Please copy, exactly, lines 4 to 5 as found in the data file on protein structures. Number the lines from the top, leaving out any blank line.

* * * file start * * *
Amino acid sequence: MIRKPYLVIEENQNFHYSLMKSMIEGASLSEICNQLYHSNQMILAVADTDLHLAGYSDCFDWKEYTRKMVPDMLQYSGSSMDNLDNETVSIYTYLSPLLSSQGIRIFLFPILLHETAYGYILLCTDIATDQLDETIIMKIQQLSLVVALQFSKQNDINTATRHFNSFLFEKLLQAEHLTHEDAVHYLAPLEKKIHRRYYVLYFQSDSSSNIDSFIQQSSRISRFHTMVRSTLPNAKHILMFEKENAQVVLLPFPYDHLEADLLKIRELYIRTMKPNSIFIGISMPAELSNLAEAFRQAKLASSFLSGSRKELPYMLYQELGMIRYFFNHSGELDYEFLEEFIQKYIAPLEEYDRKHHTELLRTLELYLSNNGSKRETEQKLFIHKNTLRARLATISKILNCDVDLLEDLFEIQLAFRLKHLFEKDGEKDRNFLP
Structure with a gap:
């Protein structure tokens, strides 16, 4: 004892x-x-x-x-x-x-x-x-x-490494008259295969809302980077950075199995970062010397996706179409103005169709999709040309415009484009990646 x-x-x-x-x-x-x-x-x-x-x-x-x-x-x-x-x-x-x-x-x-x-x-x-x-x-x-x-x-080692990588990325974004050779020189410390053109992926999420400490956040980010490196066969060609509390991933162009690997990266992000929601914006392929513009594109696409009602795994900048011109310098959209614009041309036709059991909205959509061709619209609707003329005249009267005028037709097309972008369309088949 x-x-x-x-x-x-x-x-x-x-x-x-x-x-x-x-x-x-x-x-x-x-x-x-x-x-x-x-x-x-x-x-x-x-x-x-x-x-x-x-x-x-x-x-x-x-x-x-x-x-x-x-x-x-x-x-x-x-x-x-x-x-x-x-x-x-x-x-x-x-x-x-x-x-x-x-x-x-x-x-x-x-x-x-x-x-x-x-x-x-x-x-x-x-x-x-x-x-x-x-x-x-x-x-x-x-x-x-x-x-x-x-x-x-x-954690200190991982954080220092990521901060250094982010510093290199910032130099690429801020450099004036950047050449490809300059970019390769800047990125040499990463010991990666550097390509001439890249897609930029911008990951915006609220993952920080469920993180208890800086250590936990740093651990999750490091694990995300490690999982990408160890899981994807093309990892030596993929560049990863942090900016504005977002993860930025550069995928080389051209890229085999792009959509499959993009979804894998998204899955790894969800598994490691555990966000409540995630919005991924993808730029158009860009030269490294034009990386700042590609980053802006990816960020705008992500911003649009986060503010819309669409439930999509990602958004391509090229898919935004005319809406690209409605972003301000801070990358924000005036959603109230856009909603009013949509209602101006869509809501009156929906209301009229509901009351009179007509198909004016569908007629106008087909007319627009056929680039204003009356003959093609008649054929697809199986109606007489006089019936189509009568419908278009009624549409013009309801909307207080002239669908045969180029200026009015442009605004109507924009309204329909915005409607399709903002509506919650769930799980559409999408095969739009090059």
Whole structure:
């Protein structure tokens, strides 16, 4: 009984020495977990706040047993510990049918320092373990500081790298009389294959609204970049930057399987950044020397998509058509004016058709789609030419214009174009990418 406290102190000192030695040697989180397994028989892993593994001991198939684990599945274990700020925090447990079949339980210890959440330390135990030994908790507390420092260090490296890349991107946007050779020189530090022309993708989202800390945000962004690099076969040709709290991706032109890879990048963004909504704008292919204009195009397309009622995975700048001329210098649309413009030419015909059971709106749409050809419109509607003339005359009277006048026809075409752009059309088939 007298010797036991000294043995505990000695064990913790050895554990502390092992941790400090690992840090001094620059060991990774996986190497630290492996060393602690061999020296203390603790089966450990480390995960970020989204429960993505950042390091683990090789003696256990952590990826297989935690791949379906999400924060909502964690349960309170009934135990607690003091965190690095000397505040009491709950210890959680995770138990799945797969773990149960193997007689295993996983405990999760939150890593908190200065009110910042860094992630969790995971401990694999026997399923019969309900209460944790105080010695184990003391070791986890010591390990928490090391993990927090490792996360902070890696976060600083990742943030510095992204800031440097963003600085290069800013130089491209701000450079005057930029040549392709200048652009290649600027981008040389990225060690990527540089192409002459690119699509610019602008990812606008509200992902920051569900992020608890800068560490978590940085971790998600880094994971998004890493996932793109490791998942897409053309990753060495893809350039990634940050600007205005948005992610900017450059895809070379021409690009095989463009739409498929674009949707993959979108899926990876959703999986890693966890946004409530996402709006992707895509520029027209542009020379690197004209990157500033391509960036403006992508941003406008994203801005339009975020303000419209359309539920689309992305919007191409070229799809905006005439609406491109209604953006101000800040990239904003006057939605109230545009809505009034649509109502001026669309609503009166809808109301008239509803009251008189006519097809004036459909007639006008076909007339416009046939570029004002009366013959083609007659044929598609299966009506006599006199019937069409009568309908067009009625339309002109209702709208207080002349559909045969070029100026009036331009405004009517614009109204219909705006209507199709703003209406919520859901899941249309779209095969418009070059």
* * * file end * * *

Whole structure:
């Protein structure tokens, strides 16, 4: 009984020495977990706040047993510990049918320092373990500081790298009389294959609204970049930057399987950044020397998509058509004016058709789609030419214009174009990418 406290102190000192030695040697989180397994028989892993593994001991198939684990599945274990700020925090447990079949339980210890959440330390135990030994908790507390420092260090490296890349991107946007050779020189530090022309993708989202800390945000962004690099076969040709709290991706032109890879990048963004909504704008292919204009195009397309009622995975700048001329210098649309413009030419015909059971709106749409050809419109509607003339005359009277006048026809075409752009059309088939 007298010797036991000294043995505990000695064990913790050895554990502390092992941790400090690992840090001094620059060991990774996986190497630290492996060393602690061999020296203390603790089966450990480390995960970020989204429960993505950042390091683990090789003696256990952590990826297989935690791949379906999400924060909502964690349960309170009934135990607690003091965190690095000397505040009491709950210890959680995770138990799945797969773990149960193997007689295993996983405990999760939150890593908190200065009110910042860094992630969790995971401990694999026997399923019969309900209460944790105080010695184990003391070791986890010591390990928490090391993990927090490792996360902070890696976060600083990742943030510095992204800031440097963003600085290069800013130089491209701000450079005057930029040549392709200048652009290649600027981008040389990225060690990527540089192409002459690119699509610019602008990812606008509200992902920051569900992020608890800068560490978590940085971790998600880094994971998004890493996932793109490791998942897409053309990753060495893809350039990634940050600007205005948005992610900017450059895809070379021409690009095989463009739409498929674009949707993959979108899926990876959703999986890693966890946004409530996402709006992707895509520029027209542009020379690197004209990157500033391509960036403006992508941003406008994203801005339009975020303000419209359309539920689309992305919007191409070229799809905006005439609406491109209604953006101000800040990239904003006057939605109230545009809505009034649509109502001026669309609503009166809808109301008239509803009251008189006519097809004036459909007639006008076909007339416009046939570029004002009366013959083609007659044929598609299966009506006599006199019937069409009568309908067009009625339309002109209702709208207080002349559909045969070029100026009036331009405004009517614009109204219909705006209507199709703003209406919520859901899941249309779209095969418009070059």